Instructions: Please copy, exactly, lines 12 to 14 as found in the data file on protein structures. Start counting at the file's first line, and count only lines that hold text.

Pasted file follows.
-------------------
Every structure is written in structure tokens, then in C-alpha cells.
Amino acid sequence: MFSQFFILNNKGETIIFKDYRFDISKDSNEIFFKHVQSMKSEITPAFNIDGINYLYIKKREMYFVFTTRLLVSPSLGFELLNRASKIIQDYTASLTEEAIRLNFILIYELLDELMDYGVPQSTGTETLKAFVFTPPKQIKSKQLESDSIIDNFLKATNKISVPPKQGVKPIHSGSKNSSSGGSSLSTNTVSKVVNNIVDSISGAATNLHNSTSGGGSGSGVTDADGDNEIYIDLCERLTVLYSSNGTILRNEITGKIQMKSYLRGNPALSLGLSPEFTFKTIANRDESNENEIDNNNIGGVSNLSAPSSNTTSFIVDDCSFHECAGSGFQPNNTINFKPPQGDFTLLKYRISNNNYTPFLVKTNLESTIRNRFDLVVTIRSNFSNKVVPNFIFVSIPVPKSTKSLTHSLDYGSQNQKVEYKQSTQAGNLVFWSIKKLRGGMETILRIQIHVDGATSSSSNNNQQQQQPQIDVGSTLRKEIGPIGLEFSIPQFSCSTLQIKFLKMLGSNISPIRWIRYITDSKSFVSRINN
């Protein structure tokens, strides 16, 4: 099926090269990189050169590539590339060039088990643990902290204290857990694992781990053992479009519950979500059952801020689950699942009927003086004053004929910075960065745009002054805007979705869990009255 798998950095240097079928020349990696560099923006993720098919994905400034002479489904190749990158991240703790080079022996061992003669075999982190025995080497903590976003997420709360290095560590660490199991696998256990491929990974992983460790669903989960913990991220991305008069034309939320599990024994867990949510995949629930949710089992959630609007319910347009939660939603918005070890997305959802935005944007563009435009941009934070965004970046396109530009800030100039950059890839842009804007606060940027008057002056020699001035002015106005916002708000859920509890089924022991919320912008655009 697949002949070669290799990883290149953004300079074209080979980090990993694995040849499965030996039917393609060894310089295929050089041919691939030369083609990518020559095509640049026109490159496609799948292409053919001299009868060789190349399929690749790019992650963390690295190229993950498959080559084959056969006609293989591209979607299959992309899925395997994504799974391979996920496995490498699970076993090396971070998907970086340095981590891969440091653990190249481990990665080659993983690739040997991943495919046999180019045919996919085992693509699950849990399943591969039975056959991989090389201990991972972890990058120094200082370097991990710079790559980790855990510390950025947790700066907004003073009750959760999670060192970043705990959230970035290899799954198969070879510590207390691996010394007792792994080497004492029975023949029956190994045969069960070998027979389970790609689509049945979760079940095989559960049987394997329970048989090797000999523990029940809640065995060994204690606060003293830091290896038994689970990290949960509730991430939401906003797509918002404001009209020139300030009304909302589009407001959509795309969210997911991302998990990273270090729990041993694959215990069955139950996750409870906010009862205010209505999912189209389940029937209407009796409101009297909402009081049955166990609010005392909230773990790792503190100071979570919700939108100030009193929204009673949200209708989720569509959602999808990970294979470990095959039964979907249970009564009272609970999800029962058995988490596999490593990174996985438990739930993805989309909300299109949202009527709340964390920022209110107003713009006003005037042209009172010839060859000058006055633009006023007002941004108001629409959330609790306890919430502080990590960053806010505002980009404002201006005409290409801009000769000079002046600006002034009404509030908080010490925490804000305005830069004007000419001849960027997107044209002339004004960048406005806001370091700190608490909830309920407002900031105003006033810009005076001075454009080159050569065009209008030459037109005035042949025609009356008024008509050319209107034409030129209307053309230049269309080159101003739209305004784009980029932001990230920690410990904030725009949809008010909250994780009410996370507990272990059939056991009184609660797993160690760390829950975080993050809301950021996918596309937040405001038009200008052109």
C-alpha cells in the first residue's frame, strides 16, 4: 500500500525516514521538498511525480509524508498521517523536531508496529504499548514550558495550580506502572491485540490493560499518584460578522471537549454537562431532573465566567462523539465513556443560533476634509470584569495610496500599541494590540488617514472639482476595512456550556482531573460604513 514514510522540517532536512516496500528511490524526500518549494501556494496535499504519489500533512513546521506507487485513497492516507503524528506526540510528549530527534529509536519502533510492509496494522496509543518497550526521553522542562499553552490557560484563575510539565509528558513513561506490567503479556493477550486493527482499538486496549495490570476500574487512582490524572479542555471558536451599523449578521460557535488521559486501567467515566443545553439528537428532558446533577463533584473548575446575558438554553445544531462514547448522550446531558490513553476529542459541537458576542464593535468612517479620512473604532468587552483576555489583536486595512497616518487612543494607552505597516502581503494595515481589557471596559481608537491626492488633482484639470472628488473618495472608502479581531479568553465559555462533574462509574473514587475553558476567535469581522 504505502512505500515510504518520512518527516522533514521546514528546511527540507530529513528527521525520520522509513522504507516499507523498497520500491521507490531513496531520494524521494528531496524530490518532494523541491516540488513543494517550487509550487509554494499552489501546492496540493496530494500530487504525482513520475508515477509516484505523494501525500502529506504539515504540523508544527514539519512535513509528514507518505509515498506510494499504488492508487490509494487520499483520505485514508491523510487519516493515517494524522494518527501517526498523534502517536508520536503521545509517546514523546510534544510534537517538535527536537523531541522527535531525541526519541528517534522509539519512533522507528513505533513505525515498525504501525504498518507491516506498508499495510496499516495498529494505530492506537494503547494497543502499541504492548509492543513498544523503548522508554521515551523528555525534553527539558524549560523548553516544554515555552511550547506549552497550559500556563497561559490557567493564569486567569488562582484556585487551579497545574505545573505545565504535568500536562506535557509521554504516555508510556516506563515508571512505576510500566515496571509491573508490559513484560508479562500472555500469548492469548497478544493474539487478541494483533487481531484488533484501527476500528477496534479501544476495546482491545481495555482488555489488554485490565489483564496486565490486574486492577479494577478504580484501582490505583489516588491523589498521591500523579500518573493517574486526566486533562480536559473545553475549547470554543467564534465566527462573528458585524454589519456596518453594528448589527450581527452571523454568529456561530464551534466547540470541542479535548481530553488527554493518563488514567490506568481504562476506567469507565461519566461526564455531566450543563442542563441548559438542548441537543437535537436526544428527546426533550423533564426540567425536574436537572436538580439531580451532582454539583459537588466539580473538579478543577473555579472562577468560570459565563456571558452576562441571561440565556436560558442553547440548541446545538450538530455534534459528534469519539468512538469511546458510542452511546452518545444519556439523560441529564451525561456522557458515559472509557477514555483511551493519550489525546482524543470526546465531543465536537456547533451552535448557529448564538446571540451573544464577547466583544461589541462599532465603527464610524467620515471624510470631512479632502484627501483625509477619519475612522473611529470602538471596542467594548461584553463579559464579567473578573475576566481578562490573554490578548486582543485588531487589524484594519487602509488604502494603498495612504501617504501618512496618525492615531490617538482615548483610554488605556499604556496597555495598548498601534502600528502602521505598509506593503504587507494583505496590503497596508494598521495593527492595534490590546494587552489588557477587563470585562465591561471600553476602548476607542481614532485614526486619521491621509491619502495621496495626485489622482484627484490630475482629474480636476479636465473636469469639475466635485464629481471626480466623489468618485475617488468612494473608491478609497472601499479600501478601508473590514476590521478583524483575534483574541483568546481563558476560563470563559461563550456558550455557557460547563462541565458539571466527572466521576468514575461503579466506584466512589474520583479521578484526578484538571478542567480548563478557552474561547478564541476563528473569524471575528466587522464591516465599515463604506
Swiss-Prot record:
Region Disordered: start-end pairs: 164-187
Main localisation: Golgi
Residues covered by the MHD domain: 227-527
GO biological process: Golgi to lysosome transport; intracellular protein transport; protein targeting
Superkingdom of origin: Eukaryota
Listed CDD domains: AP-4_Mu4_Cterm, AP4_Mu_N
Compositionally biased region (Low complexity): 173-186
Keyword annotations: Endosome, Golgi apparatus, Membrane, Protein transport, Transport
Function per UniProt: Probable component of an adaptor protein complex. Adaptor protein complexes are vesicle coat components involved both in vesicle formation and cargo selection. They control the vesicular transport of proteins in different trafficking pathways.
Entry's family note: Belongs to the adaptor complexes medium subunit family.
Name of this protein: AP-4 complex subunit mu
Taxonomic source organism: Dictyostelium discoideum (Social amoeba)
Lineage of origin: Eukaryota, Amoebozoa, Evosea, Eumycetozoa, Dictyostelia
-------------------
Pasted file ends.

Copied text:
Compositionally biased region (Low complexity): 173-186
Keyword annotations: Endosome, Golgi apparatus, Membrane, Protein transport, Transport
Function per UniProt: Probable component of an adaptor protein complex. Adaptor protein complexes are vesicle coat components involved both in vesicle formation and cargo selection. They control the vesicular transport of proteins in different trafficking pathways.